Written by Pieter Jan on Apr 1, 2020 — 3 min read
At: Gouyave, Grenada
The first evening we arrived in Gouyave, we took the dinghy and docked it at the fishing pier. We went in search of a shop, mainly for topping up internet credits. A good restaurant would be nice too. Preferably one serving steak with fries and chocolate mousse or a coupe colonel for dessert. We read there would be “Fish Friday”, so we’d settle for fish if nothing else.
The atmosphere in town was a bit strange. Everything was closed, yet people were hanging out on the streets. An older guy interrogated us from his porch: “Where are you coming from? How long have you been here? Don’t you be bringing no covid!” We tried to reassure him, but only half succeeded.
We search high and low for the illustrious Fish Friday. But not a fish in sight. In the end, somebody took pity on us and told that everything was closed. You know, because of the virus.
We spent a few relaxing days on the boat, doing a bit of research into world events and their impact on Grenada. Turns out the Grenadian government has gone full berserk on the virus threat (6 cases so far). In doing so, they may have overshot the mark a bit.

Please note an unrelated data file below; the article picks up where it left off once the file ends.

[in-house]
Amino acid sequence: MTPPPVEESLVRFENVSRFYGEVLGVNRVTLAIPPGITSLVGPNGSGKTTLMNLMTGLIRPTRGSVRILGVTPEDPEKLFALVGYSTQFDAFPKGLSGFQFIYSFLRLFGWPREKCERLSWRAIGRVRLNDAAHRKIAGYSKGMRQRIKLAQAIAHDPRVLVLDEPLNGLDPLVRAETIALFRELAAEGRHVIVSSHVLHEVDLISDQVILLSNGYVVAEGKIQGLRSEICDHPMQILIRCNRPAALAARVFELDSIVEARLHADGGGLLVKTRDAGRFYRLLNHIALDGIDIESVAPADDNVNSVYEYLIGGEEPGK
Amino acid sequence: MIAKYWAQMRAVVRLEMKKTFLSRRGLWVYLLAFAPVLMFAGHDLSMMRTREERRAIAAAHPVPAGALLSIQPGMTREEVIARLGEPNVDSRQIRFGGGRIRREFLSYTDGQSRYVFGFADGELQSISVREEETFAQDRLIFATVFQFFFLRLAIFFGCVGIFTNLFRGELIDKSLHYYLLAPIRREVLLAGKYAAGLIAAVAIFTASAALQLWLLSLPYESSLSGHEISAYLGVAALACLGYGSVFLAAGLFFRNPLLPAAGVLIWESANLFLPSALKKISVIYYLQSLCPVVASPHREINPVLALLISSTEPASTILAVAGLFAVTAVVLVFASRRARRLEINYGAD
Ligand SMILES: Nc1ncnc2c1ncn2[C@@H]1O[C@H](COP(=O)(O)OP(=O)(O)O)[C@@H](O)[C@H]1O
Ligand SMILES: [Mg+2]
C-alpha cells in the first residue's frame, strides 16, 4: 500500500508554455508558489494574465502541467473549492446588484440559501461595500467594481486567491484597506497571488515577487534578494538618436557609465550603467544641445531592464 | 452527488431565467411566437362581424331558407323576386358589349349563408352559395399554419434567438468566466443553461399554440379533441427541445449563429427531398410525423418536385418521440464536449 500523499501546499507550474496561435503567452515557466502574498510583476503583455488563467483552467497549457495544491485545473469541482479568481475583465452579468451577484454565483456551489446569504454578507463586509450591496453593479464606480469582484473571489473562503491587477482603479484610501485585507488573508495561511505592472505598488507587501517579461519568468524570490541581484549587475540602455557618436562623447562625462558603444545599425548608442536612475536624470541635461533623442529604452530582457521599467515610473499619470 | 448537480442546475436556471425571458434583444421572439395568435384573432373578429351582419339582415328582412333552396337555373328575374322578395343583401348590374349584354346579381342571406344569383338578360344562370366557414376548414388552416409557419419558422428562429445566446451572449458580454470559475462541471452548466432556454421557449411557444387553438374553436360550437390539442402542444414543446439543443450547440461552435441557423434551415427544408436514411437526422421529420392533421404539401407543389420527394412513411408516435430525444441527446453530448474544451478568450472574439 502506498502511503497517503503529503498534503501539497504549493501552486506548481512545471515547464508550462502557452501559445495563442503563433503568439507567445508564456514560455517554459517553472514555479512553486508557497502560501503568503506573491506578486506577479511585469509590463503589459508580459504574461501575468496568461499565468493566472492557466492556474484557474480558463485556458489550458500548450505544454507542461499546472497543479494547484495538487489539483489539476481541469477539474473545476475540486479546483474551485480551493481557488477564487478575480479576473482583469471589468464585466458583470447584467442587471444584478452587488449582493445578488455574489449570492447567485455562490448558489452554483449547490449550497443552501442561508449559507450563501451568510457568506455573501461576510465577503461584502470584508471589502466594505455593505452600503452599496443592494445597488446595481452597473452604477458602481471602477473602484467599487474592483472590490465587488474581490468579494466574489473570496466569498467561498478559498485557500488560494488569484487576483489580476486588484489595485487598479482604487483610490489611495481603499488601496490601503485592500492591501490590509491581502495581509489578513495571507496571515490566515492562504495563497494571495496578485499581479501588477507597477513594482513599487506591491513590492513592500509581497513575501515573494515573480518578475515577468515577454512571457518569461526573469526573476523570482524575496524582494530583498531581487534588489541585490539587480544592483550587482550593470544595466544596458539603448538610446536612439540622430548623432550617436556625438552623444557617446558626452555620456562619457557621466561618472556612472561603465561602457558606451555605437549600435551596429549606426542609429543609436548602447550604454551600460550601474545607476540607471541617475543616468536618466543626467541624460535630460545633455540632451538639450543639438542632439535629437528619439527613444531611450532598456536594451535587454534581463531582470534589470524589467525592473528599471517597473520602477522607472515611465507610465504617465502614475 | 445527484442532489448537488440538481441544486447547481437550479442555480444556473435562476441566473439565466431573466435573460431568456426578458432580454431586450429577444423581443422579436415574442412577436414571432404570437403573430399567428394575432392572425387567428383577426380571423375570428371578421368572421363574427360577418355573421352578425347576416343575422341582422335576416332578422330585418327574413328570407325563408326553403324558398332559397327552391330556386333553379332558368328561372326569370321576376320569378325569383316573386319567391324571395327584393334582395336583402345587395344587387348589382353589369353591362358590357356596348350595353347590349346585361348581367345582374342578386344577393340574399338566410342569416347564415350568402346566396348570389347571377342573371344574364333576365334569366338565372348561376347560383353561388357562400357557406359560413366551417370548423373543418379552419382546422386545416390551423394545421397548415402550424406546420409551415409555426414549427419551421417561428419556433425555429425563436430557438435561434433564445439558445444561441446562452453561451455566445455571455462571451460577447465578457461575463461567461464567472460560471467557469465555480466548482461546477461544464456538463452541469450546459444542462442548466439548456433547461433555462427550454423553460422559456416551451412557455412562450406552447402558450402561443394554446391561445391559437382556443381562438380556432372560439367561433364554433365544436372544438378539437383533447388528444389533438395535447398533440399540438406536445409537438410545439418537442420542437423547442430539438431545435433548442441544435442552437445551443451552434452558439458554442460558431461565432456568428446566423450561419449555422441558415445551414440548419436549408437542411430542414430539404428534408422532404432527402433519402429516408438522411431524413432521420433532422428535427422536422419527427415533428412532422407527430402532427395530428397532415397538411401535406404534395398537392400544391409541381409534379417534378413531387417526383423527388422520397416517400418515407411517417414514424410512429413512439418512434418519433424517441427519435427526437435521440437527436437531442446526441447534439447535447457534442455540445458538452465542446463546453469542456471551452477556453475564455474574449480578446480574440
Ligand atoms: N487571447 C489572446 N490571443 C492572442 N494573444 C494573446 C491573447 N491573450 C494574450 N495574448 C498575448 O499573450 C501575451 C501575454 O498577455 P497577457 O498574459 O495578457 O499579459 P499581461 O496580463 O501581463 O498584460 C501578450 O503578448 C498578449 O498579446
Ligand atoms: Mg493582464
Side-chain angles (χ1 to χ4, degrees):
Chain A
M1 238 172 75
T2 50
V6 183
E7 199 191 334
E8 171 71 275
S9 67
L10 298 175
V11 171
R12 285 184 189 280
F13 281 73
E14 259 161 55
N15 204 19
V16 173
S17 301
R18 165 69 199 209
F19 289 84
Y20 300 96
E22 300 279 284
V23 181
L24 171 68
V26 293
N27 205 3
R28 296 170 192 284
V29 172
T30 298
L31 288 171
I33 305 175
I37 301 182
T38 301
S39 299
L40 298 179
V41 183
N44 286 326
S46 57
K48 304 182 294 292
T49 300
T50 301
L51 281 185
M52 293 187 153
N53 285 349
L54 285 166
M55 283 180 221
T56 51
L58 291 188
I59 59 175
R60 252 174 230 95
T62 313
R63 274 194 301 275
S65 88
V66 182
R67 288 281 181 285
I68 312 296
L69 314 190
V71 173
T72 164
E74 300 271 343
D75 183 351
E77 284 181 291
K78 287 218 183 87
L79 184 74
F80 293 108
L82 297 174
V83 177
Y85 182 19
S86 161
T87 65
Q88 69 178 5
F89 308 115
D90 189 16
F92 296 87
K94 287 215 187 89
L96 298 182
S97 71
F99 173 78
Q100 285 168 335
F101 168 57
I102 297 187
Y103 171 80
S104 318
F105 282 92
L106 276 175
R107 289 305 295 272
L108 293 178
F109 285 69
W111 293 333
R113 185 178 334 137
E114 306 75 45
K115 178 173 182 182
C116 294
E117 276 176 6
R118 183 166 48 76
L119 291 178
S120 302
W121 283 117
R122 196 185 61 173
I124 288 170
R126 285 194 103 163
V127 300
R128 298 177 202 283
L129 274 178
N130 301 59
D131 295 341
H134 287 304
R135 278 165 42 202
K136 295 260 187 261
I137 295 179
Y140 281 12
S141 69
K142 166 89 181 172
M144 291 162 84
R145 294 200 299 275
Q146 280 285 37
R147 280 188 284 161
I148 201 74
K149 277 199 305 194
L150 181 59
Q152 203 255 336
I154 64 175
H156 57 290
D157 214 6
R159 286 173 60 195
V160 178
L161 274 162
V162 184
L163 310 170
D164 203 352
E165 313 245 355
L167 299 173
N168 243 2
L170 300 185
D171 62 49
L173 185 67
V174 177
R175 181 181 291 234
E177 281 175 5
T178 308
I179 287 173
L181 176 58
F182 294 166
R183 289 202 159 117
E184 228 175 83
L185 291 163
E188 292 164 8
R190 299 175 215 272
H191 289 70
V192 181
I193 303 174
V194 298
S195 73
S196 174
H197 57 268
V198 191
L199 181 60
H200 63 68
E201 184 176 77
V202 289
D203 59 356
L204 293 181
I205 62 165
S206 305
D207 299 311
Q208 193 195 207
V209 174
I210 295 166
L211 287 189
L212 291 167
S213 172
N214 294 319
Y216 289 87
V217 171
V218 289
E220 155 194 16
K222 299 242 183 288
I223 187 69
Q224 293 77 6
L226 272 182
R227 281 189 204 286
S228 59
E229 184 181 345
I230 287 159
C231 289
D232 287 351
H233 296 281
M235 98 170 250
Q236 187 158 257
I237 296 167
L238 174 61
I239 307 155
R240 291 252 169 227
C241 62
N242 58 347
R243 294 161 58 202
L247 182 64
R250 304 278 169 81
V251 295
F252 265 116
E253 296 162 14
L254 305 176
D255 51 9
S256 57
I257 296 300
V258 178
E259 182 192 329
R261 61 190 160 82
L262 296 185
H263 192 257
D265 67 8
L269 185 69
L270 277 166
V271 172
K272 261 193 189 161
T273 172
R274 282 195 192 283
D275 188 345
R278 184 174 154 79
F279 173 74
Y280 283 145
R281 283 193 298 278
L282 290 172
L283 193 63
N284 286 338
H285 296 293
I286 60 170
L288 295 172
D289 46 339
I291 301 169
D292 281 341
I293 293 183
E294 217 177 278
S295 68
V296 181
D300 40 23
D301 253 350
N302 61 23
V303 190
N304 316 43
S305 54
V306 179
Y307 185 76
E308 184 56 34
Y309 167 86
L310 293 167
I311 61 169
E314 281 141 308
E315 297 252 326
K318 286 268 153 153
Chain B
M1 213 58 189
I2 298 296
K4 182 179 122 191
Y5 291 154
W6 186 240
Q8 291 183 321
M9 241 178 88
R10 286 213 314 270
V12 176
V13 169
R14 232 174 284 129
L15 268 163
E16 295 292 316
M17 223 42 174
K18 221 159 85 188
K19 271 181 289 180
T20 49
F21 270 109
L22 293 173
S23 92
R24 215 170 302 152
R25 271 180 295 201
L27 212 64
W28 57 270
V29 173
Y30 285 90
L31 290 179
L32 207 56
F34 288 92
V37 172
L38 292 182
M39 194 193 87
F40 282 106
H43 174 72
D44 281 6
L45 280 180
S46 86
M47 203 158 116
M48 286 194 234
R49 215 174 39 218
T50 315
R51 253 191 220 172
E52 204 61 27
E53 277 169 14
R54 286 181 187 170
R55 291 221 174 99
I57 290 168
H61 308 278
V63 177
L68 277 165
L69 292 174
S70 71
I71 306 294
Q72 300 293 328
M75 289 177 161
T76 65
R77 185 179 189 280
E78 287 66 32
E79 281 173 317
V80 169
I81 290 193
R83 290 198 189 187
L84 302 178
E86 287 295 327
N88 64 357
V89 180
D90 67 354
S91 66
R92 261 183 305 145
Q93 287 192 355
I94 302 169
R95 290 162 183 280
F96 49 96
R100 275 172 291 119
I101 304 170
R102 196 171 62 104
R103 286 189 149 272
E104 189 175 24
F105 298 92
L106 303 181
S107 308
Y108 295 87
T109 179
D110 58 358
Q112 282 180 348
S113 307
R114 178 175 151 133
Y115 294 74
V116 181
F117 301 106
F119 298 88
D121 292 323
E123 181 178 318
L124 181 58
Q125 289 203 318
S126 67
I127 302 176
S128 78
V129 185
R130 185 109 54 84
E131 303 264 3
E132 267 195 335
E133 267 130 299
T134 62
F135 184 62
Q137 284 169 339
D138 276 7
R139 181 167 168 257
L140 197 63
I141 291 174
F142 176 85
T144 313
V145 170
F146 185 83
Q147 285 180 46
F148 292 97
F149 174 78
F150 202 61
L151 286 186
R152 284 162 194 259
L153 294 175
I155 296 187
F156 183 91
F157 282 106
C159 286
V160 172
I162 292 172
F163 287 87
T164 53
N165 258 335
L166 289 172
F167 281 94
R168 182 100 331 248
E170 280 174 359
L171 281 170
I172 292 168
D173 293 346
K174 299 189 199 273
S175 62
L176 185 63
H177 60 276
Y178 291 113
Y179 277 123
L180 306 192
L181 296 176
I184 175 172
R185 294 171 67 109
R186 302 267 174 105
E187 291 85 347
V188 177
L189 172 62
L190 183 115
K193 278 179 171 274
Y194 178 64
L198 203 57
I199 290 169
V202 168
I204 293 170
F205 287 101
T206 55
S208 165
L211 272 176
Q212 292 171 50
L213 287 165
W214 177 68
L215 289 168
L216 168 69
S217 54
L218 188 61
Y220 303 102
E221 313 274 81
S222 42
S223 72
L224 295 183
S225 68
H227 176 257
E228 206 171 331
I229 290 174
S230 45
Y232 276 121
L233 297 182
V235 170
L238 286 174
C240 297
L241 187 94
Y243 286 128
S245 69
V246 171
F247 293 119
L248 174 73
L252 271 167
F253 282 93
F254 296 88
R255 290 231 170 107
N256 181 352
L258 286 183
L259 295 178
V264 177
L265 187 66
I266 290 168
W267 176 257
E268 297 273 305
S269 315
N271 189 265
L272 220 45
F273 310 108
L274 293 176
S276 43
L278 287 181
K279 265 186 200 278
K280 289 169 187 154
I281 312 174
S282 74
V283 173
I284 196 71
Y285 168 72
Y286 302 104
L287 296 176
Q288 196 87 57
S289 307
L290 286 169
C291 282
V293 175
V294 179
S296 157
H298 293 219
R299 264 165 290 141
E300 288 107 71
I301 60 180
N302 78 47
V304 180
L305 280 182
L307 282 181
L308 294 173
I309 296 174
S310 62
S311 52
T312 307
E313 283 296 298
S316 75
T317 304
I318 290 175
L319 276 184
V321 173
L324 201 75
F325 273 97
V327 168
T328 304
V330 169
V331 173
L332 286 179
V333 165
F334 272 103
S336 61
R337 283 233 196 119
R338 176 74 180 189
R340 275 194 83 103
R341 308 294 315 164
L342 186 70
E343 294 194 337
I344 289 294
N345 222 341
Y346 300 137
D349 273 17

Shops are closed except on ‘grocery days’ — whatever that means — from 8:00 to 12:00. They closed all big supermarkets, only small shops can stay open. This is probably to get as many people as possible, packed as tightly as possible, shopping at the same time. To enforce the lockdown, you can’t buy gas at gas stations anymore. So now everyone is walking on the street or taking a bus. The buses in Grenada are minivans. So much for the 2 meter safety radius. I prefer walking.
Police have been given ‘additional authority’ and can and will stop you to check your papers and demand where you’re going, especially if you’re white. White people come from diseased countries. I quickly learned to have the immigration paperwork on me at all times.
On the boat we’re doing fine. Over the course of 4 days I cleaned the bottom, between 16:30 and 18:00, because the back of my legs is still sensitive to the tiniest ray of sunlight. Last time we cleaned the bottom was… in Cape Verde? A whole ecosystem has been growing beneath our feet. It even had crabs.
We also enjoy a swim now and then. Yesterday, around sunset, we were all in the water, chilling out, when small schools of fish started jumping out, all around Vite & Rêves. Suddenly, not even 30 meter from where we were swimming, a HUGE yellowfin tuna crashed through the surface.
The beast must have been 1 or 1.5 meters long. It was as big as a dolphin. And it was fast. “WHOAAAAAA” we yelled in chorus. It jumped a few more times clean out of the water, chasing the small fish. Let me tell you, we too jumped straight out of the water, onto the boat.
Then magnificent frigatebirds, attracted by the commotion, started dive bombing the beleaguered schools as well.
Add the setting sun as backdrop. It was glorious.